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16 January 2017 Edition

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British Government’s legacy of cover-up a toxic stream of lies

World-renowned barrister and human rights advocate Michael Mansfield QC delivers McGurk’s Bar Memorial Lecture

• Human rights barrister Michael Mansfield QC at the McGurk’s Bar Memorial Lecture in Belfast with relatives of the victims

Mansfield put the Unionist Government and successive British governments in the dock

WHEN MICHAEL MANSFIELD strode up to the lectern in St Mary’s University College in Belfast to deliver the McGurk’s Bar Memorial Lecture, he scanned the audience through squinted eyes before asking theatrically: “Mr Hamilton, are you out there?”

His question was rhetorical, akin to a piece of courtroom drama, because the leading English QC knew that PSNI Chief Constable George Hamilton hadn’t taken up the open invitation to face the questions to be posed by the families of the 15 people killed in the UVF bombing of McGurk’s Bar in North Queen Street, Belfast, on 4 December 1971.

Nor would the PSNI Chief Constable hear Mansfield use his famous legally-forensic mind to deliver a lecture that not only indicted the PSNI over its contemporary handling of the McGurk’s case but, by his inaction, that he was undermining any trust the families might have in the PSNI and its ability to deliver on new policing.

Speaking without notes, Mansfield used his lecture to put the Unionist Government of the day, successive British governments, the British Army and the RUC (predecessors of the PSNI) metaphorically in the dock over the way they have scapegoated people who have suffered at the hands of their state apparatus.

Mansfield’s list included the McGurk’s families, Ballymurphy Massacre families, Birmingham Six, Guildford Four, Stephen Lawrence’s family, and the 96 Liverpool soccer supporters killed in the Hillsborough Stadium Disaster.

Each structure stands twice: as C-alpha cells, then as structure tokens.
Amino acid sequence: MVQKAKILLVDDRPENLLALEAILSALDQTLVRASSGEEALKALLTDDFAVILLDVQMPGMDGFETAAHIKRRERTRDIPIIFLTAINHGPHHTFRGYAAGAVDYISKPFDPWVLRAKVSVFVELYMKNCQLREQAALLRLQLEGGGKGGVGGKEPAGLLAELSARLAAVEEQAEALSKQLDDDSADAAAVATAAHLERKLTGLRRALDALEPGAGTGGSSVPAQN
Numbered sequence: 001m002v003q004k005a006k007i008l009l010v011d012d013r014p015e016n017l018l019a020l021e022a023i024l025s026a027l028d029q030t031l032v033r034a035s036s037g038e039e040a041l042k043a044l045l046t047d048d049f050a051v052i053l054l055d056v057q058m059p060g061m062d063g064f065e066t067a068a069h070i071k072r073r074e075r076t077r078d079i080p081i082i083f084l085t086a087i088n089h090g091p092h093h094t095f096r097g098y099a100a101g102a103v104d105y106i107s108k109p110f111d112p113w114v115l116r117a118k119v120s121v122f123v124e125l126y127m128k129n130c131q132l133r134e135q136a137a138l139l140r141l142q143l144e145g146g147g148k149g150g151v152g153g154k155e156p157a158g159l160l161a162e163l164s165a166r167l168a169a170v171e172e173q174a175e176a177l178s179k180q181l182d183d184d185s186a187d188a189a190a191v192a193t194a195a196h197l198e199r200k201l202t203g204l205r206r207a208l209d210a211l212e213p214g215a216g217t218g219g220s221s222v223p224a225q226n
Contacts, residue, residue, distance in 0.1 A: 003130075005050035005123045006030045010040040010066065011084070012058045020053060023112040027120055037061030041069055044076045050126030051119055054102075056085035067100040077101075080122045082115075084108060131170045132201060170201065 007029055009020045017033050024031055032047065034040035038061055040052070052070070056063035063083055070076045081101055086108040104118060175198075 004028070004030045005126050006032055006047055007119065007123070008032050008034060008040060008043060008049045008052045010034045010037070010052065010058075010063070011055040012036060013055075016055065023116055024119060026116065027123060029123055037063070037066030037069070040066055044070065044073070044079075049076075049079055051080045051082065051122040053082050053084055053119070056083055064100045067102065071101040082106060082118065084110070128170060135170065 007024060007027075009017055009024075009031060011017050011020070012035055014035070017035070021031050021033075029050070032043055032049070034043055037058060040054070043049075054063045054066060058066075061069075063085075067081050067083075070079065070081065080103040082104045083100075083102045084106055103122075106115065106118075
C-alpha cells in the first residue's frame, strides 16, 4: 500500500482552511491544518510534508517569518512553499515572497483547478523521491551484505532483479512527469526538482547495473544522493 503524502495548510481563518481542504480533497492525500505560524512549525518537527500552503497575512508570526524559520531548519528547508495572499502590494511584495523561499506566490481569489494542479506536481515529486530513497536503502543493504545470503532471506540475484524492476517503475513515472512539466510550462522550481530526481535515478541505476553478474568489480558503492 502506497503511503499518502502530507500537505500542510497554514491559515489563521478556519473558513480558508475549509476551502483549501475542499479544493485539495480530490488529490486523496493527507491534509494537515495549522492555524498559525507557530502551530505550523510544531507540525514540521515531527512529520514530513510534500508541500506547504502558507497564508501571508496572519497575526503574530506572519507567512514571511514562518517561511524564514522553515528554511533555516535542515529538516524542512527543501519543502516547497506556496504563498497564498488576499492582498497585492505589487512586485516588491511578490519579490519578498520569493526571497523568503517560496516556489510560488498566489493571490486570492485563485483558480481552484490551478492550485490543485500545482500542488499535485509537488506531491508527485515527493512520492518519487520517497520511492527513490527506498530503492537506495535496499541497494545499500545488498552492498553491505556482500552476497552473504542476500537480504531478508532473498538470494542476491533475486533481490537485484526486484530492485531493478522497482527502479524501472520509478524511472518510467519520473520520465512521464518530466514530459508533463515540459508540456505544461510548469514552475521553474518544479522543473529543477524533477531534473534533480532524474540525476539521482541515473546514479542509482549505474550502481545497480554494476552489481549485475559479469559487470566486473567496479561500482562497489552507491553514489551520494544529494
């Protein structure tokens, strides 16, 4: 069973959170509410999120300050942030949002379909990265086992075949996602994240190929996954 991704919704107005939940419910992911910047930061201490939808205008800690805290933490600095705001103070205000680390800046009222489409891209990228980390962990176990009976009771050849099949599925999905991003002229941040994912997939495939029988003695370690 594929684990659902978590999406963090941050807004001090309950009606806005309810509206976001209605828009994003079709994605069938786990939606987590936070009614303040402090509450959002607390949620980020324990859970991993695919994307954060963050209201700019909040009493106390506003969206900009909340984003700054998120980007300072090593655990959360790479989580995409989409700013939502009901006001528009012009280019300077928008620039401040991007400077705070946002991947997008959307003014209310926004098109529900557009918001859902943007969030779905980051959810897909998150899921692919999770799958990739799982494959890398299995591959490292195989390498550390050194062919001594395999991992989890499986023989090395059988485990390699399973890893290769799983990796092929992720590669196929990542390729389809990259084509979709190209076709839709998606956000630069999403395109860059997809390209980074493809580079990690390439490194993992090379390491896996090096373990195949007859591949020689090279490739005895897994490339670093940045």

But Mansfield moved into his lecture by referring to a BBC programme aired the previous night, Monday 5 December, that examined the case of Mark Duggan, who was shot dead by police in London in August 2011.

The 29-year-old, born in Tottenham in 1981, was shot at close range in “an exchange of fire”, according to police – yet the gun that he was alleged to have on him when he was killed was found “some distance away in a park”.

So the “taint”, Mansfield said, that he was a gunman firing at police frames the debate around the killing.

And, similarly, with those killed in McGurk’s. The “intelligence” said the bomb was an IRA bomb and ‘some of those killed were involved with the IRA’; Mark Duggan was ‘a gunman’; the dead of Hillsborough were “drunk . . . had no tickets”.

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Turning to the recent revelations based on documents uncovered by researcher Ciarán Mac Airt of the charity Paper Trail (and whose grandmother Kathleen Irvine was killed in the McGurk’s explosion), the leading barrister said:

“This is massive.”

One document, a log from the British Army’s headquarters (HQNI Log) written in the hours after the bombing, notes that a military bomb expert contradicts the official story that the seat of the explosion was in the bar.

The document is heavily redacted. In the aftermath of the attack on McGurk’s, Mansfield the barrister declares, it proves that the Unionist government of the day, successive British governments, the British Army and the RUC were telling lies.

“They were putting out a false story,” he said.

“If [in the hours after the explosion] they didn’t appreciate what the army was saying . . . they knew the next day it was wrong,” said Mansfield, yet they persisted in what he described as “a toxic stream of lies”.

Mansfield challenged the PSNI Chief Constable to look at the document and analyse “the truth of it”.